A gap has opened between Gazprom’s stagnant production and its growing commitments to internal and external consumers of that gas. The gap looms even wider between Gazprom’s projected output in the years ahead and its multiplying offers to external customers for the same years, in addition to its internal supply obligations. Moscow has indirectly confirmed this situation in recent days but seems at a loss for a way to remedy the problem.
Anticipated by some independent experts in the West and Russia but otherwise widely ignored, Gazprom’s gas deficit became a reality by 2007 at the latest. Russia was able, however, to hide it temporarily through imports of Central Asian gas, which it used partly for Russia’s internal consumption and partly for re-export as “Russian” gas. This method no longer suffices to cover the deficit, as top officials in Moscow are now forced to admit, albeit obliquely.
According to Gazprom President Alexei Miller on July 4, Russian gas output is no longer growing but will remain constant for the years 2007 through 2009. In fact, output growth slowed down and stopped altogether after 2006. That year’s gas extraction was 556 billion cubic meters, just 1 billion cubic meters more than in 2005. The extraction decreased for the first time in 2007 to 548.5 billion cubic meters, or 1.3 percent less than in 2006. Miller incorrectly attributed the output decrease to the warm winter in Europe. This, however, could justify the decrease in exports but not in output, particularly considering Russia’s fast-growing internal demand. Miller declined in his statement to forecast the output for 2008 (Interfax, July 4).
Output projections at the moment envisage some 670 billion cubic meters of gas to be extracted per annum in Russia by 2020 (Interfax, July 11). Drafted last year, those projections may already have been overtaken by Gazprom’s chronic underinvestment in new major fields. Even if fulfilled, however, those projections would imply an output growth rate of 20 percent in a 12 year period, clearly below the growth rates in internal and external demand anticipated for the same period.
Last year Gazprom declined for the first time to set a target figure for gas extraction in the three-year planning time frame to 2011. The company evidently anticipated stagnant or declining extraction and wanted to delay admitting it publicly. The landmark year 2011 is when Russian internal prices for gas were scheduled to reach the level of Gazprom’s netback prices in Europe (sale price minus transportation costs).
Such equalization was a centerpiece in the proposed reform of Russia’s energy sector and also a political commitment to the European Union within the energy dialogue. Russia had adopted a four-year schedule in 2007 for gradual implementation. Moscow, however, is backtracking on that intention.
On July 8 Miller and Prime Minister Vladimir Putin confirmed on television that the state would continue subsidizing gas consumption by the public an unspecified period after 2011. This announcement seems to cancel the annual increments that had been scheduled to bring the internal price of gas to European netback levels. The annual 25 percent price hikes remain in effect, however, for industrial consumers, at least until further notice (Rossiya Television, Interfax, July 8; RIA, July 10).
Cheap gas for the “social-communal sector” (households and municipalities) will therefore continue to encourage waste and discourage conservation. Subsidized gas is also an element in the authoritarian government’s social contract with its subjects.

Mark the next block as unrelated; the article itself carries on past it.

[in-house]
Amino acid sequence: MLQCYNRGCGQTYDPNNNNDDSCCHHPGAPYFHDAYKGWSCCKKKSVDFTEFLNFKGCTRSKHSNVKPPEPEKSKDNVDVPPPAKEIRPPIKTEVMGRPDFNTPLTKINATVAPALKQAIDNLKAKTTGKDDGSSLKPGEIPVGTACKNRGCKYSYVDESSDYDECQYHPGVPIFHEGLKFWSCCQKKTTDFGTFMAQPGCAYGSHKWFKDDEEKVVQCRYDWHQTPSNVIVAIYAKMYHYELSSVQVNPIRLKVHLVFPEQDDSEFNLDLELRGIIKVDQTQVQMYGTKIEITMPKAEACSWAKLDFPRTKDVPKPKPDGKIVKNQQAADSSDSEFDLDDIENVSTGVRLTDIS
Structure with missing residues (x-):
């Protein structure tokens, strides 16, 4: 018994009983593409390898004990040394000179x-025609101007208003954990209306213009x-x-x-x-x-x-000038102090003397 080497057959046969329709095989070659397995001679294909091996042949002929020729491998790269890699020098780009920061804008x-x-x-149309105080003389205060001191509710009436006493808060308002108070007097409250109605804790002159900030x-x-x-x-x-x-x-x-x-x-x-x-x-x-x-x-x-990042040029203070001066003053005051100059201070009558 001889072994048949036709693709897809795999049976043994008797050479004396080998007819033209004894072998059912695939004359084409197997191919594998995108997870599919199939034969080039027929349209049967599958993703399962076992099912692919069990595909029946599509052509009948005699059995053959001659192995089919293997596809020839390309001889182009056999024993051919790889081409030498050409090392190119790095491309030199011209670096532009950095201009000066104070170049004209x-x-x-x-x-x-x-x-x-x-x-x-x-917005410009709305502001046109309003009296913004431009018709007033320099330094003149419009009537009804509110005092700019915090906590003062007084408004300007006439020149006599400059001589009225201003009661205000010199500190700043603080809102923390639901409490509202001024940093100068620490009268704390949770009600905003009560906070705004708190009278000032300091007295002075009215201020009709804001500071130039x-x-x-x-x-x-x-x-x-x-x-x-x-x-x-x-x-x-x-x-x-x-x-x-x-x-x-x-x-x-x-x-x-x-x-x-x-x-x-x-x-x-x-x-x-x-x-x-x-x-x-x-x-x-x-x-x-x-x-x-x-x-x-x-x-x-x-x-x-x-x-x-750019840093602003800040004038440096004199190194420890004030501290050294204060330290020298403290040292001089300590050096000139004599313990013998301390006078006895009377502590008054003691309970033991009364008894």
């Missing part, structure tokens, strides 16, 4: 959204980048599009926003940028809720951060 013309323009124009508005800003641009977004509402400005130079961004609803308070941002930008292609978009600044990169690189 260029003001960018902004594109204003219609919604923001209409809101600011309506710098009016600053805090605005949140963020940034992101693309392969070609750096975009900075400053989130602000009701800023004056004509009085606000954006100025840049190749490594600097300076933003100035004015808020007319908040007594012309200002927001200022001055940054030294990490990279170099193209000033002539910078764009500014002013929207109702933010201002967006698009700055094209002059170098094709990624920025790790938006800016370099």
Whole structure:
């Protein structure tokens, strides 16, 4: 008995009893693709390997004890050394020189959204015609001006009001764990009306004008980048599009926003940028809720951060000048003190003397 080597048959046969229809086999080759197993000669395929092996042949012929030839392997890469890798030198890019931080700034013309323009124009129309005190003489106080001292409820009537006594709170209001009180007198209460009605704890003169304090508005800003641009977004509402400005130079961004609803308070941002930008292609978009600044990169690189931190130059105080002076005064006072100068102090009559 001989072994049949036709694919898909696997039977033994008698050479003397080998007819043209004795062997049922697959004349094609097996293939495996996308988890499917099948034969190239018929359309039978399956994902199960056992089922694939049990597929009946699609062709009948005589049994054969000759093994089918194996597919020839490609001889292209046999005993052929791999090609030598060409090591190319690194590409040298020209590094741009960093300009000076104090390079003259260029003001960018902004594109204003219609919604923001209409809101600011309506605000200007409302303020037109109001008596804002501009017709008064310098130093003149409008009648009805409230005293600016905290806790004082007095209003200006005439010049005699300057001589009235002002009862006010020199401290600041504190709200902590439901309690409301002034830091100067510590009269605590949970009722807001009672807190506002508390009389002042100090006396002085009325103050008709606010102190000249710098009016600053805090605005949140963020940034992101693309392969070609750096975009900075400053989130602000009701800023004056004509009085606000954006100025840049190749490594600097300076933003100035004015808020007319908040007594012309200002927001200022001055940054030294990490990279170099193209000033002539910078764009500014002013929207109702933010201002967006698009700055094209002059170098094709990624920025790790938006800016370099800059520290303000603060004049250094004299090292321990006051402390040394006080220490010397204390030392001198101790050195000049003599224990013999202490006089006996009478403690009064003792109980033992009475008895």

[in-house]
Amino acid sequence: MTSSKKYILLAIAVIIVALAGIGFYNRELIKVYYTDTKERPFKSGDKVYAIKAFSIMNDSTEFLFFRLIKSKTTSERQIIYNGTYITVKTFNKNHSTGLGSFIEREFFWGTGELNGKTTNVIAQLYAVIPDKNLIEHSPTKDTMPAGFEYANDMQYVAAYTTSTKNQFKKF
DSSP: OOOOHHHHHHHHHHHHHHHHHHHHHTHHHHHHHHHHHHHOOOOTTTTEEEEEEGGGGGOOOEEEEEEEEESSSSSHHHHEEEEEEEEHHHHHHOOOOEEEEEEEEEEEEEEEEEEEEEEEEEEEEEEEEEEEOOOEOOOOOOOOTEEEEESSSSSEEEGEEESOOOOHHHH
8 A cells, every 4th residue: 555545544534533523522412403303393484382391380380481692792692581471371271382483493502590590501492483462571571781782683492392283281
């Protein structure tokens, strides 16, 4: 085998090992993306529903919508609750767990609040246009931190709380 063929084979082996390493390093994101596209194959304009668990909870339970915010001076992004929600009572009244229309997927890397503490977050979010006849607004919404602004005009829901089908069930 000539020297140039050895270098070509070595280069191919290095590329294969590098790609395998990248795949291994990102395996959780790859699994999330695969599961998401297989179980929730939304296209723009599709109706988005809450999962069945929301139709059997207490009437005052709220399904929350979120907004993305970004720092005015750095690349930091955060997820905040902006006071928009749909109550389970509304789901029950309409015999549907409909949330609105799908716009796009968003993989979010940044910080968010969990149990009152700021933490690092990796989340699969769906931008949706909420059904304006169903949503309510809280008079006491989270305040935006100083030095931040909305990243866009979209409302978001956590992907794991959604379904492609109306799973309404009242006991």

Putin chaired an energy sector leadership conference on July 11 in Severodvinsk, with the participation of oil and gas industry top management and relevant government ministers. Miller reported two key facts at the conference. First, Russia’s internal consumption of gas (by industry and the public) was growing faster than the growth rate in Russia’s contractual commitments for export. And, crucially, each one of those curves, internal and external obligations, was rising faster than Russia’s extraction of gas (Interfax, July 11).
This statement clearly suggests that Russia cannot keep up with either of the two demand curves, let alone with both, from Russia’s internal production alone. And it suggests obliquely that Russia will hasten to absorb more Central Asian gas to cover at least part of the deficit.
Faced with conflicting priorities, the leadership conference in Severodvinsk apparently opted to give priority to the internal market over export markets. The meeting focused on two internal priorities: expansion in gas deliveries to the electricity generation sector and “gasification” (i.e., building gas supply grids) in Russia’s territories that are not connected to the central grid. The vast “ungasified” territories, however, necessitate capital expenditures to the detriment of investments in exploration and production.
To offset the shortfalls in natural gas production, Moscow is pressuring oil companies to deliver associated gas from the oil wells. At the Severodvinsk conference, Putin termed the flaring of gas at the well “a barbaric practice” and demanded imperatively that the gas be captured and used commercially (Interfax, July 11). This is a chronic problem not only in Russia, but its scale there is unparalleled. A government program requires oil companies to capture and use 95 percent of the associated gas by 2011. Implementation, however, is lagging badly. The deadline will be extended to 2012, according to Putin in Severodvinsk. The current, record-high oil and gas prices render that program less prohibitive economically, but it could hardly resolve the growing problem of Russia’s deficit of natural gas.